Meanwhile, we have got some local coverage in the form of an article about Afropop in the English edition of Al Ahram.  

Sayed Rikaby at Makan
We've spent some lovely evenings at Makan, a small, atmospheric traditional music venue that has done fantastic work in making young and elite audiences in Cairo listen to marginalized traditional music with new ears.  Makan and Mastaba (of which much more in coming posts) mark a big change on the Cairo music scene in the past decade.  Both are champions of this country's diverse folklore and traditional music, and we've been blessed to spend time in the presence of truly great musicians at both venues.  To take just one example, Sayed Rikaby and his group Jaafra perform the folklore of Aswan, the southernmost Nile River town in Egypt, and a unique seat of culture.  Rikaby's improvised, sung poetry and tour of that regoion's tricky rhythms will make a gorgeous segment on an upcoming Afropop program.  And there's so much more...

We met with the veteran composer and bandleader Fathy Salama, the Egyptian arranger behind Youssou N'Dour's 2004, Grammy-winning CD, Egypt.  Fathy is a wise veteran these days, a skeptical analyst of Egypt's political and cultural revolutions.  We have had deep discussions about the latter.  In a nutshell, veterans like Fathy tend to be a bit dour in their prognosis for the future, feeling that Egypt is suffering from decades of poor arts education that has sapped talent from the market, and dumbed down audiences.  Happily, there are far more optimistic voices coming from younger observers, like Karim Rush of the hip hop act Arabian Knightz, who believes that the openness of young Egyptians will allow them to work together and bring together the mainstream and the marginalized to create truly new and exciting music in the years to come.  It just might be that Egypt's Youssou N'Dour will emerge from the Sufi/sha'bi wedding singers of Cairo's ghetto neighborhoods.  Observers as diverse as Fathy and Karim have pointed here when asked for the most exciting new music in Egypt.  This ghetto music, full of techno artistry and over-the-top vocals is truly a revelation to us, and, again, the subject of much future writing and radio.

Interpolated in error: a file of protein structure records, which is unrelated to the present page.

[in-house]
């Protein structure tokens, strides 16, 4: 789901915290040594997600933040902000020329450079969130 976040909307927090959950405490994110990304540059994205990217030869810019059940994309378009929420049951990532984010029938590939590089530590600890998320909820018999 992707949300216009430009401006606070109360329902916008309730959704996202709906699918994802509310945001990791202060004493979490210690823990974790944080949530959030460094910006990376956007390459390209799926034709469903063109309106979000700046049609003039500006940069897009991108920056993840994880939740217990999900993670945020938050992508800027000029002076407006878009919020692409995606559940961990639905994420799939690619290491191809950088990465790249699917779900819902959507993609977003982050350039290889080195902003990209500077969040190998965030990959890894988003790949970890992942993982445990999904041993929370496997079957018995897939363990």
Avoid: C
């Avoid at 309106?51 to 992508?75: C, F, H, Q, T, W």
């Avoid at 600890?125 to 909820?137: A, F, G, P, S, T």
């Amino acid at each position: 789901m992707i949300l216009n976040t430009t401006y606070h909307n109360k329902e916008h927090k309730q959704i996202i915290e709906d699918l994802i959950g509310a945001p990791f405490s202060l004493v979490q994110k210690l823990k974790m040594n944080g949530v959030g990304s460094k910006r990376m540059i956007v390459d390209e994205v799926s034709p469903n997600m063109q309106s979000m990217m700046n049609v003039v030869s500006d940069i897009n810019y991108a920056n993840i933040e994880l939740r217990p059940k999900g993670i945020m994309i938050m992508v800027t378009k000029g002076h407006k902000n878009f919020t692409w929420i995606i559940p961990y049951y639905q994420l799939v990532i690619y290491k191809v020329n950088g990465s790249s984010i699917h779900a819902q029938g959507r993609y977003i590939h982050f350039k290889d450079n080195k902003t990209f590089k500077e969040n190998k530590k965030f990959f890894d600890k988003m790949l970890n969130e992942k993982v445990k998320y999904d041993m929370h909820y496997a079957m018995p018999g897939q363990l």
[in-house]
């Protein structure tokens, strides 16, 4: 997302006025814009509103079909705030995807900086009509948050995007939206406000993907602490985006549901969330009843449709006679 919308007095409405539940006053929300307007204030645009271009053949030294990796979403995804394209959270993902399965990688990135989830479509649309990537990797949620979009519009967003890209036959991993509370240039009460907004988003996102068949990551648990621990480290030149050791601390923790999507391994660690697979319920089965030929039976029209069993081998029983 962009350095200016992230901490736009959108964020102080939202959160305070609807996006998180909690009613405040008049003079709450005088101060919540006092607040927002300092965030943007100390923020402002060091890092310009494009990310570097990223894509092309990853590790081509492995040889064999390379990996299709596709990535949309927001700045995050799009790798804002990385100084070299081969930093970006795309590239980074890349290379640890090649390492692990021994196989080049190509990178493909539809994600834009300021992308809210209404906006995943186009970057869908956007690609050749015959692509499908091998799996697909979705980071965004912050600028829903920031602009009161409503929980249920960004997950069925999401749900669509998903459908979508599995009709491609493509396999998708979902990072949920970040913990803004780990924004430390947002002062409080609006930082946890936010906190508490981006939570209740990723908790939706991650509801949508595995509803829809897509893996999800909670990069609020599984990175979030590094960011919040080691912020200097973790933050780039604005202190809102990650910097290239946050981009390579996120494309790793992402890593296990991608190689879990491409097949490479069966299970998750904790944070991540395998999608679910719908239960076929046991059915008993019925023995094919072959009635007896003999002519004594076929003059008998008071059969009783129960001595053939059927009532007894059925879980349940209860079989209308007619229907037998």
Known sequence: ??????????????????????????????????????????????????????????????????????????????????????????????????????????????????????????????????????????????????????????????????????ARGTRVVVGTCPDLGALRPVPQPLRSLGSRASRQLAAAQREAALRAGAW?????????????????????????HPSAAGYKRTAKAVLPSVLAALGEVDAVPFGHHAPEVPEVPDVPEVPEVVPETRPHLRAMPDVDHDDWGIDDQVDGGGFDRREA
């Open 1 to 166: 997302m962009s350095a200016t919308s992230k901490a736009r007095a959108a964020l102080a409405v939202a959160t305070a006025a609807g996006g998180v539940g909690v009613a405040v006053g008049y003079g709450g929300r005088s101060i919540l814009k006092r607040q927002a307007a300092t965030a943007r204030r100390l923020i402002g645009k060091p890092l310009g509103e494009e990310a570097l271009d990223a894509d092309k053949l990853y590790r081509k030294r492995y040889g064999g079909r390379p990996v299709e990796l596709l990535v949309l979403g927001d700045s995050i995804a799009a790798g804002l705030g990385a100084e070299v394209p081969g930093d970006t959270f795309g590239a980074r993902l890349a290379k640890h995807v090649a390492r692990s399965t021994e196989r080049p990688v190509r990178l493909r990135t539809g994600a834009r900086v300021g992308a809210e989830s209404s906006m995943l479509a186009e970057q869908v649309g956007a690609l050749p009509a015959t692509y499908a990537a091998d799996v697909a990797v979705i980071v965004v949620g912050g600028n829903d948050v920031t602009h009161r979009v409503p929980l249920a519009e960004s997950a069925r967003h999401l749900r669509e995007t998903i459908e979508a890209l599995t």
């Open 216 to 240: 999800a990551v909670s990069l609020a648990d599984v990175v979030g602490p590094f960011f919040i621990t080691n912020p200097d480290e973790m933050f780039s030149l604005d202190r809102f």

Fathy Salama

I must say a word about one especially rich field trip.  Our key Hip Deep advisor, longtime Cairo resident Kristina Nelson, drove us to Port Said, the northern reach of the Suez Canal for an evening of Delta folk music with El Tanbura and Rango.  Both of these groups are within the Mastaba stable of artists, overseen by veteran activist and folklorist Zakaria Ibrahim.  We met Zakaria at WOMEX in 2006, and he was one of the people who put Egypt in our heads as a prime destination.  All that paid off bigtime when we caught a double bill of these two remarkable bands on August 3 (the day all of Egypt was riveted by the televised trial of Hosny Mubarak).

El Tanbura are champions of Delta music, reviving and developing instruments that go back to Pharoanic times.  We saw 4000-year-old simsimiyya and tanbura harps in the Egyptian museum, and it was a treat to hear them played along with rowdy songs sung by hearty men of the sea, and accompanied by most excellent and joyful dancing.  Tanbura had just returned from headlining the "Night in Tahrir Square" concert at London's Barbican Center, and were in fine form, despite a lite, Ramadan audience.  The venue, by the way, was across the Suez in Port Fouad.  When we took the free ferry across to the gig, we technically (geographically) crossed from Africa to Asia, a provocative thought.  But that gig, by the Mediterranean, was decidedly African in its spirit and ambiance.

Crossing to Port Fouad

Thursday, August 11, 2011

KCRW Offers Free Stream of new Fool's Gold Album